I recently came across an interesting news article on Turchin and his theory of the rise and fall of civilizations:
. . . he argues the fluctuations in population of pre-industrial societies can be linked to periods of instability and civil war. His theory shows how population growth caused by increased prosperity can itself trigger such social instability, thus sowing the seeds of its own decline. This, says Turchin, is how civilisations and empires collapse. But War and Peace and War is even more ambitious for it attempts to explain some of history's grand narratives: the rise and fall of Rome, the expansion of medieval European powers, the Russian conquest of Siberia. Turchin believes these empires were the product of one factor: social cohesion, the willingness of groups to co-operate against opponents. He calls this asabiya, an Arabic word denoting "mutual affection and willingness to fight and die for each other".
Using modern understanding of how co-operative behaviour develops in groups of organisms, Turchin's models suggest that asabiya becomes particularly strong on the frontiers of empires, where two civilisations confront one another. This, he says, was how a small group of Cossacks was able to defeat a much larger army of Tatars in Siberia in 1582. Thus, the "meta-ethnic faultlines" between civilisations are "asabiya incubators" from which new empires spring. Here, either you unite or you die.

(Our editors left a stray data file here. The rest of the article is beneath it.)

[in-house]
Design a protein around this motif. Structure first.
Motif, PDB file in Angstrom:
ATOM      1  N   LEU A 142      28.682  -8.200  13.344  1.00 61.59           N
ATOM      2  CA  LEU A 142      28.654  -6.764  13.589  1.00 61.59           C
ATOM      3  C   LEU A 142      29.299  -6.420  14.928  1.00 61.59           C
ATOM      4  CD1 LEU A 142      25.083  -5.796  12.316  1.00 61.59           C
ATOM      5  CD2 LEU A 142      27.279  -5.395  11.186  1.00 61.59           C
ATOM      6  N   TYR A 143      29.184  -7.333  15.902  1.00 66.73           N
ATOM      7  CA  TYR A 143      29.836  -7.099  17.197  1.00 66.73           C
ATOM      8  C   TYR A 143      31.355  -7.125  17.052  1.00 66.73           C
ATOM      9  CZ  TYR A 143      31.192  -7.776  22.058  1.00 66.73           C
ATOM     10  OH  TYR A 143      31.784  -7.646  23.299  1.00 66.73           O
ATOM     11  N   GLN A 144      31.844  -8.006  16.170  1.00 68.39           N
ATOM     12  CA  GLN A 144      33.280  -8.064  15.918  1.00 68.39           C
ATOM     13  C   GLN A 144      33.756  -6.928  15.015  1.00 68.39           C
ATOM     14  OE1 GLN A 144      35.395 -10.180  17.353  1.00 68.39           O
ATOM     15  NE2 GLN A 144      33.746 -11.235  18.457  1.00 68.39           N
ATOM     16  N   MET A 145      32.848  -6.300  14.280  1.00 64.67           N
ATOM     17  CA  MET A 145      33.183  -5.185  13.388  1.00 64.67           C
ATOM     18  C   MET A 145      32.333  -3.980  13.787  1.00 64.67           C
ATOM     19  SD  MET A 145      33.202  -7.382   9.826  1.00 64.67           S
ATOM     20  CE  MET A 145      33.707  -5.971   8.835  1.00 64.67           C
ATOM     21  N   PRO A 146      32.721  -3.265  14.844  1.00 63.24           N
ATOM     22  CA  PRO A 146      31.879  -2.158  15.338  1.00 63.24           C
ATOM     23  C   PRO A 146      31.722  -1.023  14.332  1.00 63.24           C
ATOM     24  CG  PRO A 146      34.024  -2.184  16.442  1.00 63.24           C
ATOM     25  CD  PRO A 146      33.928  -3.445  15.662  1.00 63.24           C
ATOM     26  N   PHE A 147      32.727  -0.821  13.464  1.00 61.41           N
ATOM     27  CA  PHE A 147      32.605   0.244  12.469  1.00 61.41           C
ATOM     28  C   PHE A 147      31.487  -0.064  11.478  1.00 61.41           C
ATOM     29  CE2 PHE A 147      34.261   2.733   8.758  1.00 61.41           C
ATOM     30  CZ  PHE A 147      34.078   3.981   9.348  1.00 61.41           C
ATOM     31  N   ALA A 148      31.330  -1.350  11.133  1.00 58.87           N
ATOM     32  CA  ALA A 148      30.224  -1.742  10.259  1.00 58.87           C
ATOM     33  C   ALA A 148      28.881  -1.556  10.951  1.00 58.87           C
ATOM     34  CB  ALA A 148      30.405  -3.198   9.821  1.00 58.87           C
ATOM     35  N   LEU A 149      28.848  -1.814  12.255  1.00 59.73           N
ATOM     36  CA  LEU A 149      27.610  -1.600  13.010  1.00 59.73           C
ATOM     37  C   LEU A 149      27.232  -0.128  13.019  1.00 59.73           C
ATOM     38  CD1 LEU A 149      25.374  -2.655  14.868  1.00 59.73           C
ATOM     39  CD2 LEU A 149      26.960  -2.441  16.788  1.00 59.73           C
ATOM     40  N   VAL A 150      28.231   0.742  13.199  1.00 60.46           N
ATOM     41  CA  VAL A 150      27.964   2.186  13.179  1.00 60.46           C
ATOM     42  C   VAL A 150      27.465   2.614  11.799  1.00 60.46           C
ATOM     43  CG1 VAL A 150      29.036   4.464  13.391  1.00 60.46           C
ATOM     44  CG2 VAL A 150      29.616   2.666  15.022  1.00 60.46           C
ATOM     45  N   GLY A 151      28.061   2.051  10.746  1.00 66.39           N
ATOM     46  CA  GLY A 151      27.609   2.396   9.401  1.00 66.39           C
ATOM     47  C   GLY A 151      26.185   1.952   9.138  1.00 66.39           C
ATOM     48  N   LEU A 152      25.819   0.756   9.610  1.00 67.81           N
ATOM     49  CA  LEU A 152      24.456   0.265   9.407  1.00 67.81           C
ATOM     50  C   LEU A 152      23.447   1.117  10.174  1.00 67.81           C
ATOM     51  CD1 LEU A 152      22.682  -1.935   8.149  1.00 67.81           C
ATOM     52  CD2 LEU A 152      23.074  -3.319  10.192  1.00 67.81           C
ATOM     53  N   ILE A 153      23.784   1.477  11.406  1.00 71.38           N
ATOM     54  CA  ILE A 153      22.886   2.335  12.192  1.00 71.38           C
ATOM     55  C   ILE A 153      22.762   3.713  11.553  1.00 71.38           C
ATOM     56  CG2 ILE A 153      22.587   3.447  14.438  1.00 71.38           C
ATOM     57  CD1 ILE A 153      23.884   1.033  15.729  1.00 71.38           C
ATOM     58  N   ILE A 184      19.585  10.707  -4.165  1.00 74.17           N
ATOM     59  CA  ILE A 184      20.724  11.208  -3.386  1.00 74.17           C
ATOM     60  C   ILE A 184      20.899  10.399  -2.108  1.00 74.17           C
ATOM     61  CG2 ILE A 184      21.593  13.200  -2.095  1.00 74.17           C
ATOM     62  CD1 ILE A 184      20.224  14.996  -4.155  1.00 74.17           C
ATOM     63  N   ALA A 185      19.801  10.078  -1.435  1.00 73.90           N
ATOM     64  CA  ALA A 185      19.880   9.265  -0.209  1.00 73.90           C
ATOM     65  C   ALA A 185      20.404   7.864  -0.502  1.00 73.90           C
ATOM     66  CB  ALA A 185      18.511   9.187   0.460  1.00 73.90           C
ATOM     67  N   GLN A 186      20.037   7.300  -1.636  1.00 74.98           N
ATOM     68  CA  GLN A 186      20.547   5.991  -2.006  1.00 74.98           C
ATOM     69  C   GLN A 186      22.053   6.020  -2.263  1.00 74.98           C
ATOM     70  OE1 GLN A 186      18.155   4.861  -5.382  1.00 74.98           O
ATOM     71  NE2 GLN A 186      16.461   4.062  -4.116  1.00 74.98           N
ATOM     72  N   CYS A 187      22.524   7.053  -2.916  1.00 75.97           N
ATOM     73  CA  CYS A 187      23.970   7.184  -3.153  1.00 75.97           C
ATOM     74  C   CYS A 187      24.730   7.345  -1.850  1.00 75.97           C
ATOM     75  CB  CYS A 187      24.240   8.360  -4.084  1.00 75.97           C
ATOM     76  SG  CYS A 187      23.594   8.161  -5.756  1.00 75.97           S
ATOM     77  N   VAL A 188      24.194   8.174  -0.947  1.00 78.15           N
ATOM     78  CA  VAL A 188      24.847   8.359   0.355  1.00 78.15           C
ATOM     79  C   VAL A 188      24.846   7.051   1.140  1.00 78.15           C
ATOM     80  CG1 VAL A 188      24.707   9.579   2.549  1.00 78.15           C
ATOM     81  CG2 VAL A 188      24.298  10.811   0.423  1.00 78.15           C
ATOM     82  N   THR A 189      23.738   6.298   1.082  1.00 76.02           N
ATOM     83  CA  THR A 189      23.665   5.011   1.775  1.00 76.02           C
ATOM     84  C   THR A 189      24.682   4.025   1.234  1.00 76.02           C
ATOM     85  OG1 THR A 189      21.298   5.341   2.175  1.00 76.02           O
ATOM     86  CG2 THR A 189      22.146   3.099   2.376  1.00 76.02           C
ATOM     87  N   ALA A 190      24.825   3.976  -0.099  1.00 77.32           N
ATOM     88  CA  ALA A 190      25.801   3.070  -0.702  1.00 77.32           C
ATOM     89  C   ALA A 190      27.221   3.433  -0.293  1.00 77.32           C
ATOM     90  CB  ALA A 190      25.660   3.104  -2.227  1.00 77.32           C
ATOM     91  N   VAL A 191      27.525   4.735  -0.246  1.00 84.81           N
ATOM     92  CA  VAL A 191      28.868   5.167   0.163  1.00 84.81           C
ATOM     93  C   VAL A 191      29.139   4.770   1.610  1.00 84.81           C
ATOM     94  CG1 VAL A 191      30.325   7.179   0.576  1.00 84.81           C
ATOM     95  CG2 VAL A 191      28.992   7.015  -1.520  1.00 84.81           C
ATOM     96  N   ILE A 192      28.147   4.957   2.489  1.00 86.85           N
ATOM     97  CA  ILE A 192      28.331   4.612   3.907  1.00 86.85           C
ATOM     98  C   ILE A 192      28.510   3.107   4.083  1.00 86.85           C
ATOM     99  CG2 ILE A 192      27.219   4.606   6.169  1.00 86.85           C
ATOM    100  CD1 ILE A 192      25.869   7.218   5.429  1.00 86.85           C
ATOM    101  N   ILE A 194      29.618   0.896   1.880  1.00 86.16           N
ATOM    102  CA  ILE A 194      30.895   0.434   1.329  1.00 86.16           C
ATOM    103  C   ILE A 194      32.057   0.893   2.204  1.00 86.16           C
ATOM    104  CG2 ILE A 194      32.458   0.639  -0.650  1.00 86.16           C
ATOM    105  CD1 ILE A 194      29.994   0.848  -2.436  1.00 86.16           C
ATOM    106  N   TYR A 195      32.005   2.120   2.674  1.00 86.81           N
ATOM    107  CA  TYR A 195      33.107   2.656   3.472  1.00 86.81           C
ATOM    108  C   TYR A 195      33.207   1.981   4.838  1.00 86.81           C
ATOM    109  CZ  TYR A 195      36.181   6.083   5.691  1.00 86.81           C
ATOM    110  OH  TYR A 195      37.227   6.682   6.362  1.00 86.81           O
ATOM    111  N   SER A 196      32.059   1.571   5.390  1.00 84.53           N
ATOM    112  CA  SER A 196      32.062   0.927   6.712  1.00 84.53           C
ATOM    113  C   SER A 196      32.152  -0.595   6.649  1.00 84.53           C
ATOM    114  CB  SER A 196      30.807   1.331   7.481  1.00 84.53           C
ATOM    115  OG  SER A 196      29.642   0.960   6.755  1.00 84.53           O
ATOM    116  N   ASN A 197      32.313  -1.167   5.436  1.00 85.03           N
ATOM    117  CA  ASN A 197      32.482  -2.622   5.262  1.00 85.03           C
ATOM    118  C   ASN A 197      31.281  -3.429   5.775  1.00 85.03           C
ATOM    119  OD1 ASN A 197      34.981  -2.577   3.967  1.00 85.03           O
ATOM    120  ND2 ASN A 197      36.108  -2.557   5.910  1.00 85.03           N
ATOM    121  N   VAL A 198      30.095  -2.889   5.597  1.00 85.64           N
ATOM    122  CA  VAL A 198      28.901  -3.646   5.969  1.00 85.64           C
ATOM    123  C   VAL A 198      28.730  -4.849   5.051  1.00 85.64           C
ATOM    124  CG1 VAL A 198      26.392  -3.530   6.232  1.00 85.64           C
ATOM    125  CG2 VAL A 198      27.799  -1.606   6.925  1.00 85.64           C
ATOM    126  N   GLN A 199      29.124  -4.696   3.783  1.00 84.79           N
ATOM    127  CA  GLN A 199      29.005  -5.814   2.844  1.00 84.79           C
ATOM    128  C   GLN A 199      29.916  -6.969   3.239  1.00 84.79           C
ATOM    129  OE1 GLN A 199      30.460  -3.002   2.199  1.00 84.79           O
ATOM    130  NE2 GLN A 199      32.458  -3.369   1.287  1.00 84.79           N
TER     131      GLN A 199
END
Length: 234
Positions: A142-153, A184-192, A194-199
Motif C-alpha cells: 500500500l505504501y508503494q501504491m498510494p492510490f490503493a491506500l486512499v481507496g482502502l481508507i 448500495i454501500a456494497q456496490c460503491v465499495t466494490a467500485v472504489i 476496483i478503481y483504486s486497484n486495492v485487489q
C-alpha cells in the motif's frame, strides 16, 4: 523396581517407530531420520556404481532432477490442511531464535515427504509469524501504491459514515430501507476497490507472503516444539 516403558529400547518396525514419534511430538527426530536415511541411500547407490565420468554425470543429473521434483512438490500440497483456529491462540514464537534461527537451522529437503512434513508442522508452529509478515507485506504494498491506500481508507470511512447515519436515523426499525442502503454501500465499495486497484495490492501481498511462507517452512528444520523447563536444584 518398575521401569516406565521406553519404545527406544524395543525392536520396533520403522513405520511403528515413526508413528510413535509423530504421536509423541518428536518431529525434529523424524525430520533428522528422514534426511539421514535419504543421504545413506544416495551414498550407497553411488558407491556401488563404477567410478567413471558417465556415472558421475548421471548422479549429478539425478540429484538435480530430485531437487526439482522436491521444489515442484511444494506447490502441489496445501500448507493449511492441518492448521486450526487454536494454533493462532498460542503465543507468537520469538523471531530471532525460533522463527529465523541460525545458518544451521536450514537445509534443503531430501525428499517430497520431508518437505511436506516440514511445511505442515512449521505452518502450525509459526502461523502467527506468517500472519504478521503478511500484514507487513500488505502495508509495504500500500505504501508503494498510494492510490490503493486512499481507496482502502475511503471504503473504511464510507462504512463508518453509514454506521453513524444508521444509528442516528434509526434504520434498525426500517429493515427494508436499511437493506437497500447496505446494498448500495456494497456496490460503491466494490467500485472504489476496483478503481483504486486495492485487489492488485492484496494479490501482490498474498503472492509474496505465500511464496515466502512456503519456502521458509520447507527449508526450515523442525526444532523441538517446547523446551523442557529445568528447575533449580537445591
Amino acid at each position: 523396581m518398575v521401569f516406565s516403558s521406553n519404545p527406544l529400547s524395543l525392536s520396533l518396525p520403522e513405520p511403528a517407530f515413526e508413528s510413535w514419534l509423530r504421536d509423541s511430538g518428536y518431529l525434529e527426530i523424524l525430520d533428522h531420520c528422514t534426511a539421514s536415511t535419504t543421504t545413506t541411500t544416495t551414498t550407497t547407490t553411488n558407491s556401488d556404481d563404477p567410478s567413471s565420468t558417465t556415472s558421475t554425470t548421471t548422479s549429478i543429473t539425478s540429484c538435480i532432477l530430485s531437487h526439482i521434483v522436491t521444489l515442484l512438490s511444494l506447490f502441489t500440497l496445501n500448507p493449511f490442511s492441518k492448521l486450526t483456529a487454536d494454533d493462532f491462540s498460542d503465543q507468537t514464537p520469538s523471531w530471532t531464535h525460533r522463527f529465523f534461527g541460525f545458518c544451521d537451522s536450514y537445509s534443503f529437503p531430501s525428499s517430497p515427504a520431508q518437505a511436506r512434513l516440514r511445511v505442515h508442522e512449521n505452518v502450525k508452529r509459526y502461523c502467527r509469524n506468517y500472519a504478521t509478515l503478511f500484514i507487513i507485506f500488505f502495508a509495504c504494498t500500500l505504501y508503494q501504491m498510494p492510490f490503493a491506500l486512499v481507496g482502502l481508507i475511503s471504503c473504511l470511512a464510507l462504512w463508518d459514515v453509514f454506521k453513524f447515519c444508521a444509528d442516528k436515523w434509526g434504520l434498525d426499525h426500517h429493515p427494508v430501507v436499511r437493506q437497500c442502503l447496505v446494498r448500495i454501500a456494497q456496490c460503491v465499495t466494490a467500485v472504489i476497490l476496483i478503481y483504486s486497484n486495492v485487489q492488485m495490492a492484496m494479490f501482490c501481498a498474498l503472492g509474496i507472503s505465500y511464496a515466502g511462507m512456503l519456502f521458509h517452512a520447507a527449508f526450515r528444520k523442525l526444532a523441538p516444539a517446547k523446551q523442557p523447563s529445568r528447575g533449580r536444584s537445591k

One consequence is that frontier peoples bury their differences and help one another. The downside is that they exaggerate factors that distinguish them from their foes, who become subhuman barbarians, heathens or infidels. Sounds familiar? Turchin points out how, after September 11, 2001, a US radio host referred to Arabs as "nonhumans" and claimed that "conversion to Christianity is the only thing that probably can turn them into human beings". The US has all the hallmarks of an empire, Turchin says, and it is one in which asabiya is showing its dark side in nationalism and xenophobia. "Today the most violent clash of civilisations occurs on the meta-ethnic frontiers of Islam with the Western, Orthodox, Hindu and Sinic civilisations," says Turchin. But if his theory is right, it will be in these conflict zones, such as the borders of Europe, that the next great empires will arise.